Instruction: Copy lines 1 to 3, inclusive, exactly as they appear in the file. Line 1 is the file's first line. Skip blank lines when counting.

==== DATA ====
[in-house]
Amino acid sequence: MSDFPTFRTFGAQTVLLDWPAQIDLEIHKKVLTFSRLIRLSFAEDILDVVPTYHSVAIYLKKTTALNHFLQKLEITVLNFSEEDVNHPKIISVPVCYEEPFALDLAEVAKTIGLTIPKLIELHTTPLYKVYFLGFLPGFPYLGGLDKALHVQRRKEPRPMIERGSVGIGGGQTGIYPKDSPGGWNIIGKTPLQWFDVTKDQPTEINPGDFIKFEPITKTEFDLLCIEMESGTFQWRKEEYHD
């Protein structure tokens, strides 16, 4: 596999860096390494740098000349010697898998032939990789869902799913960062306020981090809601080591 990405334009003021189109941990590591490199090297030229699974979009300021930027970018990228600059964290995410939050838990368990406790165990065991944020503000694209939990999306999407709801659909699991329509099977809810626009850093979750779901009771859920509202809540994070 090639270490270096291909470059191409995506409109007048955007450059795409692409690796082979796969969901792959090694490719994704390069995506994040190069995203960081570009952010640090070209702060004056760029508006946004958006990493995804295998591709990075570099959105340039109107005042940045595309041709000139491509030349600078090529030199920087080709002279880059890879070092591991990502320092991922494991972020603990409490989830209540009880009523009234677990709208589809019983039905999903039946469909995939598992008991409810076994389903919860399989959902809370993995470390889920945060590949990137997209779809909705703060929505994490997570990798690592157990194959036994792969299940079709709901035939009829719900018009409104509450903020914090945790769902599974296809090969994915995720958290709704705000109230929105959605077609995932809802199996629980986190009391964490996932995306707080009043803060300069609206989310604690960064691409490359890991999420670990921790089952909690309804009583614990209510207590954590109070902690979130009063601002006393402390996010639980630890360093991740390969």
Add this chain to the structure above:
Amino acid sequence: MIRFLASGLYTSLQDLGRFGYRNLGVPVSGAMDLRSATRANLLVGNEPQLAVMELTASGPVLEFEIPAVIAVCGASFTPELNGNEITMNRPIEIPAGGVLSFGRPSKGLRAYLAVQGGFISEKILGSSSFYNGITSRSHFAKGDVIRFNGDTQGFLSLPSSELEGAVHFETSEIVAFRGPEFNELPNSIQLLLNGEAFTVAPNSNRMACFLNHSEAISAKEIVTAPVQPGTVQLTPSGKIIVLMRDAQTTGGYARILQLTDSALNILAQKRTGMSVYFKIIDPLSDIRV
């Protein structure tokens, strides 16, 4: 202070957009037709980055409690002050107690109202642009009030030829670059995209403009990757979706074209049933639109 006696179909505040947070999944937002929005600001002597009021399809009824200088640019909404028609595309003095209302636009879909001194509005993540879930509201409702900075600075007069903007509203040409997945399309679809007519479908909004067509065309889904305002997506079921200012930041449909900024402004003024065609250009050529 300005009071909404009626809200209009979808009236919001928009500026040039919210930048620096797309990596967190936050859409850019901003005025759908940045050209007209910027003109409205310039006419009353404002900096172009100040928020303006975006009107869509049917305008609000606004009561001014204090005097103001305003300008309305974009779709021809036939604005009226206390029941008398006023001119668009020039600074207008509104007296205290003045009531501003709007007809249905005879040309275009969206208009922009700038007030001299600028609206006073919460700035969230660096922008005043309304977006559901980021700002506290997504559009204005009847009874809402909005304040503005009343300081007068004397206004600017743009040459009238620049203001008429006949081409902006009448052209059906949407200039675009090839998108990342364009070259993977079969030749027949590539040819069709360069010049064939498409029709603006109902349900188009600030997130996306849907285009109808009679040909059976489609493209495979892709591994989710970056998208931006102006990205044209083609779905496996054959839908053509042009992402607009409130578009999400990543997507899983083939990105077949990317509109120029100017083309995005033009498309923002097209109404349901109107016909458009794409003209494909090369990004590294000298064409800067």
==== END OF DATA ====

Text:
[in-house]
Amino acid sequence: MSDFPTFRTFGAQTVLLDWPAQIDLEIHKKVLTFSRLIRLSFAEDILDVVPTYHSVAIYLKKTTALNHFLQKLEITVLNFSEEDVNHPKIISVPVCYEEPFALDLAEVAKTIGLTIPKLIELHTTPLYKVYFLGFLPGFPYLGGLDKALHVQRRKEPRPMIERGSVGIGGGQTGIYPKDSPGGWNIIGKTPLQWFDVTKDQPTEINPGDFIKFEPITKTEFDLLCIEMESGTFQWRKEEYHD
């Protein structure tokens, strides 16, 4: 596999860096390494740098000349010697898998032939990789869902799913960062306020981090809601080591 990405334009003021189109941990590591490199090297030229699974979009300021930027970018990228600059964290995410939050838990368990406790165990065991944020503000694209939990999306999407709801659909699991329509099977809810626009850093979750779901009771859920509202809540994070 090639270490270096291909470059191409995506409109007048955007450059795409692409690796082979796969969901792959090694490719994704390069995506994040190069995203960081570009952010640090070209702060004056760029508006946004958006990493995804295998591709990075570099959105340039109107005042940045595309041709000139491509030349600078090529030199920087080709002279880059890879070092591991990502320092991922494991972020603990409490989830209540009880009523009234677990709208589809019983039905999903039946469909995939598992008991409810076994389903919860399989959902809370993995470390889920945060590949990137997209779809909705703060929505994490997570990798690592157990194959036994792969299940079709709901035939009829719900018009409104509450903020914090945790769902599974296809090969994915995720958290709704705000109230929105959605077609995932809802199996629980986190009391964490996932995306707080009043803060300069609206989310604690960064691409490359890991999420670990921790089952909690309804009583614990209510207590954590109070902690979130009063601002006393402390996010639980630890360093991740390969």